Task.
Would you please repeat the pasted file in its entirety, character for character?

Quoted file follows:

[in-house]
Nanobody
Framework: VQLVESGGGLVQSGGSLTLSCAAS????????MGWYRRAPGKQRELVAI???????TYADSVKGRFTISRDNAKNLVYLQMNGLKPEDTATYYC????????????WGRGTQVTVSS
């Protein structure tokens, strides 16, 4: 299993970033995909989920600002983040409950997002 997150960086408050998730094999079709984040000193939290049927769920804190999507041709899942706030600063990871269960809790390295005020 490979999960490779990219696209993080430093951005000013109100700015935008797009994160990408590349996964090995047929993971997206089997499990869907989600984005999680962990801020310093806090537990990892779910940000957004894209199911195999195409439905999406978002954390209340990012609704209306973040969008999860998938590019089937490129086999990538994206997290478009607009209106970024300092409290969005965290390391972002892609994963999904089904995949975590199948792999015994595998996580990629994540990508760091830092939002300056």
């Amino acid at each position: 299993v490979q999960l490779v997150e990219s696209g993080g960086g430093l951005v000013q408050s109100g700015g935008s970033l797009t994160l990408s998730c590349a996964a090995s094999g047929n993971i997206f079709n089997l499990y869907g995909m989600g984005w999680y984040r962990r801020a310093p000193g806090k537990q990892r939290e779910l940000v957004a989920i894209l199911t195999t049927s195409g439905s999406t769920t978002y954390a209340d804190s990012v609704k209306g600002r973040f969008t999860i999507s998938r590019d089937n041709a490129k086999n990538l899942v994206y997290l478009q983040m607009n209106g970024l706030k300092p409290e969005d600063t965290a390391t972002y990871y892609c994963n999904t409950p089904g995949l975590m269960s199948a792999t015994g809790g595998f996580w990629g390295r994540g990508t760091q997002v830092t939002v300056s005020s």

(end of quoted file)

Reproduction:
[in-house]
Nanobody
Framework: VQLVESGGGLVQSGGSLTLSCAAS????????MGWYRRAPGKQRELVAI???????TYADSVKGRFTISRDNAKNLVYLQMNGLKPEDTATYYC????????????WGRGTQVTVSS
């Protein structure tokens, strides 16, 4: 299993970033995909989920600002983040409950997002 997150960086408050998730094999079709984040000193939290049927769920804190999507041709899942706030600063990871269960809790390295005020 490979999960490779990219696209993080430093951005000013109100700015935008797009994160990408590349996964090995047929993971997206089997499990869907989600984005999680962990801020310093806090537990990892779910940000957004894209199911195999195409439905999406978002954390209340990012609704209306973040969008999860998938590019089937490129086999990538994206997290478009607009209106970024300092409290969005965290390391972002892609994963999904089904995949975590199948792999015994595998996580990629994540990508760091830092939002300056």
């Amino acid at each position: 299993v490979q999960l490779v997150e990219s696209g993080g960086g430093l951005v000013q408050s109100g700015g935008s970033l797009t994160l990408s998730c590349a996964a090995s094999g047929n993971i997206f079709n089997l499990y869907g995909m989600g984005w999680y984040r962990r801020a310093p000193g806090k537990q990892r939290e779910l940000v957004a989920i894209l199911t195999t049927s195409g439905s999406t769920t978002y954390a209340d804190s990012v609704k209306g600002r973040f969008t999860i999507s998938r590019d089937n041709a490129k086999n990538l899942v994206y997290l478009q983040m607009n209106g970024l706030k300092p409290e969005d600063t965290a390391t972002y990871y892609c994963n999904t409950p089904g995949l975590m269960s199948a792999t015994g809790g595998f996580w990629g390295r994540g990508t760091q997002v830092t939002v300056s005020s």